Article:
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[453] Curtis, and several civilians. Gen. Blunt, rallying some 15 of his guard, escaped capture and death by great coolness and courage: their persistency in boldly fighting creating a belief that they were the van of a heavy force. A considerable train that accompanied them was sacked and burned. The attack was made very near the little post known as Fort Blair, which was next assailed; but its defenders, though few, were brave and well led by Lt. Pond, 3d Wisconsin cavalry, who beat tile enemy off, inflicting a loss of 11 killed and many more wounded. Gen. Blunt and his remnant of escort kept the prairie till night, then made their way to the post. They had not ventured thither before, apprehending that it had been taken.

Pine Bluff, on the south bank of the Arkansas, 50 miles below Little Rock, was occupied, early in October, by Col. Powell Clayton, 5th Kansas cavalry, with 350 men and 4 guns. Marmaduke, at Princeton, 45 miles south, resolved to retake it. By the time he advanced to do so,1 Clayton had been reenforced by the 1st Indiana cavalry: so that he had now 600 men and 9 light guns.

Marmaduke, with 12 guns and a force estimated at 2,500, advanced in three columns, and poured in shell and canister for five hours, setting fire to the place; but Powell had organized 200 negroes to barricade the streets with cotton-bales, by whose services the fire was stopped without subtracting from his slender fighting force. The Rebel shells burned the court-house and several dwellings, battering most of the residue; but they could not take the town; and, at 2 P. M., drew off, having lost 150 killed and wounded, beside 33 prisoners. Our loss was but 17 killed and 40 wounded--5 of the former and 12 of the latter among the negro volunteers.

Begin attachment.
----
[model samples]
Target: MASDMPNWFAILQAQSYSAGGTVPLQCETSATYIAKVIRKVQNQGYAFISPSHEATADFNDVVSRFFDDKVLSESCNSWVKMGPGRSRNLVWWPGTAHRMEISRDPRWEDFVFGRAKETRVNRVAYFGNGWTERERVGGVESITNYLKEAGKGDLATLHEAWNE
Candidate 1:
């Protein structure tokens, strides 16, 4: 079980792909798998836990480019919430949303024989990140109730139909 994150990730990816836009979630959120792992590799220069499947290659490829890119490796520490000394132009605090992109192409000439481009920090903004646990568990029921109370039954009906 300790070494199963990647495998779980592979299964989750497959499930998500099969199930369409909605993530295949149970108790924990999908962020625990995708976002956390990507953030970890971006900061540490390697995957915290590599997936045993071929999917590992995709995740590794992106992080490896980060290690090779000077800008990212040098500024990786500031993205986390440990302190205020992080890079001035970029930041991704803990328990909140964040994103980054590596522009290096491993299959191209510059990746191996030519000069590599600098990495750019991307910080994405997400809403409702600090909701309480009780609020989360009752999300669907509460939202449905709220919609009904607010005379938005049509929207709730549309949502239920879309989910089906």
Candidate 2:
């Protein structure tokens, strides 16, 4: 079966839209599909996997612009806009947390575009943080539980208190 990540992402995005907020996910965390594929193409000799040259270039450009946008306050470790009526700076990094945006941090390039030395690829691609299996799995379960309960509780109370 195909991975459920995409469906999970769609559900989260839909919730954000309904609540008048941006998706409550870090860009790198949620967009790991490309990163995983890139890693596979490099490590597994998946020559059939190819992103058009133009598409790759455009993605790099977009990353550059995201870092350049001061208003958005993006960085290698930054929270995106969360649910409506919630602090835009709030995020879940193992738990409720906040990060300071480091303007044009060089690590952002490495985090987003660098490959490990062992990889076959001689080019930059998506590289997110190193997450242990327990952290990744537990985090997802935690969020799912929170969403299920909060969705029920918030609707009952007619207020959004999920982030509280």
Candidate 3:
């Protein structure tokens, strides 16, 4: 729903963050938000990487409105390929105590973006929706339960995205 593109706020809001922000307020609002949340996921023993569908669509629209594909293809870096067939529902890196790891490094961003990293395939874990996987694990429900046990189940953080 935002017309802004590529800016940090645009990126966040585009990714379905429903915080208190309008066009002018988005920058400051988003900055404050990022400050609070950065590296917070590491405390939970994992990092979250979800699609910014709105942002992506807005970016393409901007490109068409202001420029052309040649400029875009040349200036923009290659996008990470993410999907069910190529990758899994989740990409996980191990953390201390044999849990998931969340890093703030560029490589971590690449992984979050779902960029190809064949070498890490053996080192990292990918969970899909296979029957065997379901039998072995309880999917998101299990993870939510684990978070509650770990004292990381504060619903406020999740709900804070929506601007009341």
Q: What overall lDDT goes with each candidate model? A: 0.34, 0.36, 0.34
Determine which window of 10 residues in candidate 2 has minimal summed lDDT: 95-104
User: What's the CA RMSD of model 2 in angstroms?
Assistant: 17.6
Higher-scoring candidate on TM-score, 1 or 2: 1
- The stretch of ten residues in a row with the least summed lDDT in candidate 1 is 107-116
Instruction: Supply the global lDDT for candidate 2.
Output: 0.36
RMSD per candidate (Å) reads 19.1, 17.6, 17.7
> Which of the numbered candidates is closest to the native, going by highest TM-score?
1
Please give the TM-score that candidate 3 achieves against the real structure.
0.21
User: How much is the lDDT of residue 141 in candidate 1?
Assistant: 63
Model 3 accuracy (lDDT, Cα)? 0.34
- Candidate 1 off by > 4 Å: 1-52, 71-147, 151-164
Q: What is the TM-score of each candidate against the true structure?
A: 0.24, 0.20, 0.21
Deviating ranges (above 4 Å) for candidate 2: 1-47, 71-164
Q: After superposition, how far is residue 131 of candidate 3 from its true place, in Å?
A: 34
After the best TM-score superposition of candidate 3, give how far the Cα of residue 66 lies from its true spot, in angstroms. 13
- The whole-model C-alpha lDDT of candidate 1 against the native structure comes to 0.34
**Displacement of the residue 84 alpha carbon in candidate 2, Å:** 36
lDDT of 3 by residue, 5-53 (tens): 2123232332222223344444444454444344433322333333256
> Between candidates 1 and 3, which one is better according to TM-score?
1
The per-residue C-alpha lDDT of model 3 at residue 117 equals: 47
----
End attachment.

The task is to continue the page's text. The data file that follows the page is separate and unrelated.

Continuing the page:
Part of Cabell's command, which (as we have seen) had been worsted, in the Indian Territory, by Blunt and Phillips, undertook, under Shelby, a Fall raid into Missouri--probably in quest of subsistence. Emerging from the Choctaw region of the Indian Territory, tile raiders passed rapidly through the north-west corner of Arkansas, crossing the river eastward of Fort Smith, and evading any collision with our forces near that post as well as with those holding Little Rock, and entering south-western Missouri; being joined2 at Crooked Prairie by a similar force under Coffey, whereby their number was said to be swelled to 2,500. These advanced rapidly through Western Missouri to the river at Booneville, but forthwith commenced a retreat — disappointed, probably, in their hopes of reenforcement from the now passive Rebels of that disloyal section. They were pursued by a hastily gathered body of Missouri militia, under Gen. E. B. Brown, who struck3 them near Arrow Rock at nightfall; fighting them till dark; renewing the attack at 8 next morning, and putting them to flight, with a loss of some 300 killed, wounded, and prisoners.4

1 Oct. 25.

2 Oct. 1.

3 Oct. 12.


St. Louis, Mo., Oct. 14, 1863.
Maj.-Gen Halleck, General-in-Chief:

Gen. Brown brought the Rebels under Shelby to a decisive engagement yesterday. The fight was obstinate and lasted five hours. The Rebels were finally completely routed and scattered in all directions, with loss of all their artillery and baggage and a large number of small arms and prisoners. The enemy's loss in killed and wounded is very great. Ours is also large. Our troops are still pursuing the flying Rebels.

J. M. Schofield, Major-General.

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